The Great Conjunction 2020

December 7, 2020   |   Reading time: ~2 mins

Great Conjunction 2020 logo and background

It should no great surprise that 2020 has been a difficult year in academia. The inability to travel has made maintaining collaborations problematic, and the inability to carry out the majority of teaching in-person, despite being the catalyst for much innovation in the higher education space, has made traditional lecturing all but impossible. An unfortunate vector of collateral damage in this whole ordeal has been our facility to bringing the wonders of the universe to children and adults alike through our usual outreach efforts. Consequently, as with higher education, circumventing the hurdles that a worldwide pandemic put in our way has been an important focus. Fortunately, come the end of December we have a chance of vindicating ourselves. Let me tell you a little about what we’ve been up to.

On the 21st December 2020 is potentially a once in a lifetime occurrence known as a Great Conjunction. This is when the two largest planets in the Solar System, Jupiter and Saturn, pass close to each other in the sky. This year’s conjunction is a particularly close one, the closest since 1623. So close, in fact, that they will both be visible through the same telescope eyepiece at the same time. To fill you in on all of the information you will need, I will hand you over to Professor Matthew Bate to tell you all about the event itself.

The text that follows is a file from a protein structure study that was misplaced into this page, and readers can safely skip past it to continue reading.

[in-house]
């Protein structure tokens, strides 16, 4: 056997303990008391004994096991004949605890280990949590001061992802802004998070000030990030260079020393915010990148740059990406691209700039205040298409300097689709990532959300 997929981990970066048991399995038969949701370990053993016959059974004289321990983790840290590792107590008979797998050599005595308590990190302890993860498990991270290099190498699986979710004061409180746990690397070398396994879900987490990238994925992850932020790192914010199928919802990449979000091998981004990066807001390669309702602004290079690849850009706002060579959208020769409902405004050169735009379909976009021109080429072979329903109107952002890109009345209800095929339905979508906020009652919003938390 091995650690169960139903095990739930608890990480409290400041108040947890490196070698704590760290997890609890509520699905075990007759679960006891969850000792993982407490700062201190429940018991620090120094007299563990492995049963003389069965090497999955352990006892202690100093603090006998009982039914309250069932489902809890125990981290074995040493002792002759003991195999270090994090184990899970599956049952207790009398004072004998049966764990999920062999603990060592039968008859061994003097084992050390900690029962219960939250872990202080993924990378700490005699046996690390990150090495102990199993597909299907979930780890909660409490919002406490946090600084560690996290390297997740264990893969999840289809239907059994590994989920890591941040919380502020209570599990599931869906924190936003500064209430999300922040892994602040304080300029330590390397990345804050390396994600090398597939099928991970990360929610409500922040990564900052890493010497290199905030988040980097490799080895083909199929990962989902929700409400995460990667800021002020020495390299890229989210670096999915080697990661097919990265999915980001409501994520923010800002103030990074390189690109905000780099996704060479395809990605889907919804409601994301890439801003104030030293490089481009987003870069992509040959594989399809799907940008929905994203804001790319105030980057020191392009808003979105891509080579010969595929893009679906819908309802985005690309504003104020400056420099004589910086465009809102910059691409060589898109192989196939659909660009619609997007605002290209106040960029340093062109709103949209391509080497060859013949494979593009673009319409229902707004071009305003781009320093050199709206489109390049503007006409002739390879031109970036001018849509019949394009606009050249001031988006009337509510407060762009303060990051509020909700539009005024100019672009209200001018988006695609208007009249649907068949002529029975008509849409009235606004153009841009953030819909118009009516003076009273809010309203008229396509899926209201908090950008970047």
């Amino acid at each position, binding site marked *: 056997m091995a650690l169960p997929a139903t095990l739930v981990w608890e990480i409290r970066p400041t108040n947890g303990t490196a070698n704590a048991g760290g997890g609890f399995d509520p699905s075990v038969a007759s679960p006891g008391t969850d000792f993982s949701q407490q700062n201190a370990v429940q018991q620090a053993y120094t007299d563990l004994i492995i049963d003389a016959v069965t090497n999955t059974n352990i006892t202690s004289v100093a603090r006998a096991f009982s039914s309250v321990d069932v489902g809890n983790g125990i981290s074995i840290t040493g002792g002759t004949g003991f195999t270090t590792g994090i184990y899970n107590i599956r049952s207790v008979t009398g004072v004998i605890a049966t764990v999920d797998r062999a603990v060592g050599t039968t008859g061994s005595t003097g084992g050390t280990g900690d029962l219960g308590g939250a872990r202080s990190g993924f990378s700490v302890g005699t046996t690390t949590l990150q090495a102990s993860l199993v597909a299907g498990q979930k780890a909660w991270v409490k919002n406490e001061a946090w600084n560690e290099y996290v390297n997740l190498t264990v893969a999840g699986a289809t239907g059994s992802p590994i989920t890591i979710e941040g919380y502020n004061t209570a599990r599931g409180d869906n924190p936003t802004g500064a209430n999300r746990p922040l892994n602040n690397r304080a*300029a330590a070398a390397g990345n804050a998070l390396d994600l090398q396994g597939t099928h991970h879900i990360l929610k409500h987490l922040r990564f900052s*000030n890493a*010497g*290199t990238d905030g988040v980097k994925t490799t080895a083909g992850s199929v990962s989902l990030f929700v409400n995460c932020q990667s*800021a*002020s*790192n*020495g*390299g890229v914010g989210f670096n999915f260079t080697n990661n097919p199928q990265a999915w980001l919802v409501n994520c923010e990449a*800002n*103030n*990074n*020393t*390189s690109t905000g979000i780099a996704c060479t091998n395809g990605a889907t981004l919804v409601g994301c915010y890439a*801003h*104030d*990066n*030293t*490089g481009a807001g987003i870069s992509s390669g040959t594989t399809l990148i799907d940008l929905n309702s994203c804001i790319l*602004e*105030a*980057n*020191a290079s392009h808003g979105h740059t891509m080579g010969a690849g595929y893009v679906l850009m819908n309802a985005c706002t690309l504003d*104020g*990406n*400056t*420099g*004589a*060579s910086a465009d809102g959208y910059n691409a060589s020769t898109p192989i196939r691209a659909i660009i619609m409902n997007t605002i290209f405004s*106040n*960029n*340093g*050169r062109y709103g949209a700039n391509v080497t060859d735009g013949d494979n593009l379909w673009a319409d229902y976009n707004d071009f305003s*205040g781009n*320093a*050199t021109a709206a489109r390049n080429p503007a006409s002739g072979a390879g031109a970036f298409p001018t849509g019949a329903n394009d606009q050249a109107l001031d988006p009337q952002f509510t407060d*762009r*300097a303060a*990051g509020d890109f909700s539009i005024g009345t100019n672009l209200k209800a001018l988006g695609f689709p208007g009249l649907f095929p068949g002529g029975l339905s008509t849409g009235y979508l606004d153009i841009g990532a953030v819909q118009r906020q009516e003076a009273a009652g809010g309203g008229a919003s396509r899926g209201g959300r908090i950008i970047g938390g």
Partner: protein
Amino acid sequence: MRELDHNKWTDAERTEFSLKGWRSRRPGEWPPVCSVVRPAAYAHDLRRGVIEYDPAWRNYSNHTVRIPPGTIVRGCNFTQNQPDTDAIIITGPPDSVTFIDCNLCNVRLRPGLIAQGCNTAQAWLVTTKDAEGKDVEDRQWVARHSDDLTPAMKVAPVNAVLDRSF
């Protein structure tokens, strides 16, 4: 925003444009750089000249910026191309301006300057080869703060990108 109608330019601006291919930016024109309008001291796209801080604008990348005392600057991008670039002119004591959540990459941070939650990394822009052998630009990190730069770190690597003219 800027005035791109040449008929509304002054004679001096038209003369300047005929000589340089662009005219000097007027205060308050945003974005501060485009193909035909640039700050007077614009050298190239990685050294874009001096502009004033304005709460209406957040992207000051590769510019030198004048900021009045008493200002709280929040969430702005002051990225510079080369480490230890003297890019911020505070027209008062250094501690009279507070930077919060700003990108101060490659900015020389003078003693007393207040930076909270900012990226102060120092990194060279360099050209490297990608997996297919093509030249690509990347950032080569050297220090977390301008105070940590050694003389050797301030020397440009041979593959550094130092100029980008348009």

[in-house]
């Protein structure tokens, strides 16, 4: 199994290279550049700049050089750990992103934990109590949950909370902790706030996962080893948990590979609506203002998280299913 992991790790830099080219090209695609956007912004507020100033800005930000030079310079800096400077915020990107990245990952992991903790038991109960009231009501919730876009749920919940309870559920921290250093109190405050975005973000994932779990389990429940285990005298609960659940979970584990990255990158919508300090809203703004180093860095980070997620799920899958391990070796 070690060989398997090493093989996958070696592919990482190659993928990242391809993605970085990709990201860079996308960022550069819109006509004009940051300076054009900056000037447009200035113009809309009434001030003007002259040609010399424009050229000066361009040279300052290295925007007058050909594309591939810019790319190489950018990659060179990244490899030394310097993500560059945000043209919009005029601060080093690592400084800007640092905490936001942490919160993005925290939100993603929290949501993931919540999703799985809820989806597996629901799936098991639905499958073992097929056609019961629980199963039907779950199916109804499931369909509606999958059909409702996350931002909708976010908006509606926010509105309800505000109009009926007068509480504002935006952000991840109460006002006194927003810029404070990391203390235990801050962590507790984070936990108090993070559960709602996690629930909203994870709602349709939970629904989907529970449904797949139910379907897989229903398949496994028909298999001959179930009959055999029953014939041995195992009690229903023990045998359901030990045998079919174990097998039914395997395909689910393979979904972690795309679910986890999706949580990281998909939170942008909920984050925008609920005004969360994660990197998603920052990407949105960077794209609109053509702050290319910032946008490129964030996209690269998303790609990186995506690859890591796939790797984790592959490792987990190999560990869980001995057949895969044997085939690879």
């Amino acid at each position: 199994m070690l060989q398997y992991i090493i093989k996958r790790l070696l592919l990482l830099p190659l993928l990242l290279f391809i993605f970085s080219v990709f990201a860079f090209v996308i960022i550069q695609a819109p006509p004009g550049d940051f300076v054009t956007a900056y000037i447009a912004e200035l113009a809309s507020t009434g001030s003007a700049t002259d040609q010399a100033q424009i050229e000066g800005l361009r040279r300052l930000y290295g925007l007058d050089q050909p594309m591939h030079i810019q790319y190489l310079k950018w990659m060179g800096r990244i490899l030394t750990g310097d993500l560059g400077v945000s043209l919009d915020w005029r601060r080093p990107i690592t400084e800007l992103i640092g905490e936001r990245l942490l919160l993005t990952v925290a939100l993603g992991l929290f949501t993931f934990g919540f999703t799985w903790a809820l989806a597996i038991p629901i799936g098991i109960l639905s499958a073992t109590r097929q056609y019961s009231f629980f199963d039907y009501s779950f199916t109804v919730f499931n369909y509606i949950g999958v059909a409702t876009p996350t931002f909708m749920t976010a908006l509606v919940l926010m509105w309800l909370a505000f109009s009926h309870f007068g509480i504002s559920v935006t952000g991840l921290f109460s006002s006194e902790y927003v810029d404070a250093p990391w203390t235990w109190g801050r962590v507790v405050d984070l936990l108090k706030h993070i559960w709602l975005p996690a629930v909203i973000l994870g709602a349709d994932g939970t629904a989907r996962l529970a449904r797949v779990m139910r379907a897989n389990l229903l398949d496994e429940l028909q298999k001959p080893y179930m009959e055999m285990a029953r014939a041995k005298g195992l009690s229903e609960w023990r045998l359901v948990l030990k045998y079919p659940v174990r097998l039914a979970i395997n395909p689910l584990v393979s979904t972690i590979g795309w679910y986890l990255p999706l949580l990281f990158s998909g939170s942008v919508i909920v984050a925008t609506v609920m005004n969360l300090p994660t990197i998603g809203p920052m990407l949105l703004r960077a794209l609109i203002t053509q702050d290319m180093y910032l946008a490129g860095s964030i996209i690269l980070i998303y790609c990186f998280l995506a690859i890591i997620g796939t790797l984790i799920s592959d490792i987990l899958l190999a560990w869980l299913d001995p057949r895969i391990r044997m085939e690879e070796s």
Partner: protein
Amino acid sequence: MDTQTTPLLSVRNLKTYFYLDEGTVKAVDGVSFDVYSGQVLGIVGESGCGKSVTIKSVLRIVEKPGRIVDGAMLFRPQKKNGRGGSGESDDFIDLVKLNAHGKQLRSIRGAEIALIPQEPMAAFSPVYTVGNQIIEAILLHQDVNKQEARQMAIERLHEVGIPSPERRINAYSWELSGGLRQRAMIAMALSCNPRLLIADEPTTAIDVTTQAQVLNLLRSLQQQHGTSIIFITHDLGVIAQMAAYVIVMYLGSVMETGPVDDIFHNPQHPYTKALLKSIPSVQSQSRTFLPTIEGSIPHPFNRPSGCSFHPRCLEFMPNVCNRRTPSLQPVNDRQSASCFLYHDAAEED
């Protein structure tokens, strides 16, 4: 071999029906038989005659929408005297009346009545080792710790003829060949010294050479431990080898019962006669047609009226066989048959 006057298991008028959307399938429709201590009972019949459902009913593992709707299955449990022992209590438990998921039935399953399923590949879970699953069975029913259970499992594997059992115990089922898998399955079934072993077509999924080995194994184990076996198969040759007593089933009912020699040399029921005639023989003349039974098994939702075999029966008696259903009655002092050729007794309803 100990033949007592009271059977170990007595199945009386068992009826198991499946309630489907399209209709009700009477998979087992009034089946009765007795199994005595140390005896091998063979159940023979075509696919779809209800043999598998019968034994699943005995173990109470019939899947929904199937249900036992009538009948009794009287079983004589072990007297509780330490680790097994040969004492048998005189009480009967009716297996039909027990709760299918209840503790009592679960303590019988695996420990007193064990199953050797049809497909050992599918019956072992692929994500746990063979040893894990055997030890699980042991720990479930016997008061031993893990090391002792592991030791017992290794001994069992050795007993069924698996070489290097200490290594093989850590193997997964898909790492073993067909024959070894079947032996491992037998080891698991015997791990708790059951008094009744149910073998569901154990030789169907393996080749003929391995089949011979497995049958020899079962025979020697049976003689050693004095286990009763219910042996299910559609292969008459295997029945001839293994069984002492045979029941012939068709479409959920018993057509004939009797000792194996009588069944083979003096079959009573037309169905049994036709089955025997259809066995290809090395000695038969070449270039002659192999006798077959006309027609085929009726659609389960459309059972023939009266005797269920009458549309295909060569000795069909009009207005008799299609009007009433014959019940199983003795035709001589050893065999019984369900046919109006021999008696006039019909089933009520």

So, long story short, we are going to be collaborating with Exeter Science Centre on an evening around the Great Conjunction to live-stream the view through a telescope from the roof of the physics building. Around this event, we have also put together a number of videos about the history of great conjunctions, how Jupiter and Saturn affected the early Solar System, and even what the planets can tell us about exoplanet climatology. We wanted to make sure that we didn’t leave out children either, so postgraduate Federica Rescigno put together a fantastic video for school children. There are other things going on around the event as well, but they will be shared in due course.

To find out more about the event and, if you’re so inclined, sign up to our mailing list to keep up-to-date with where and when we’re going to be live streaming, head over to our website at http://jupitersaturn2020.org.

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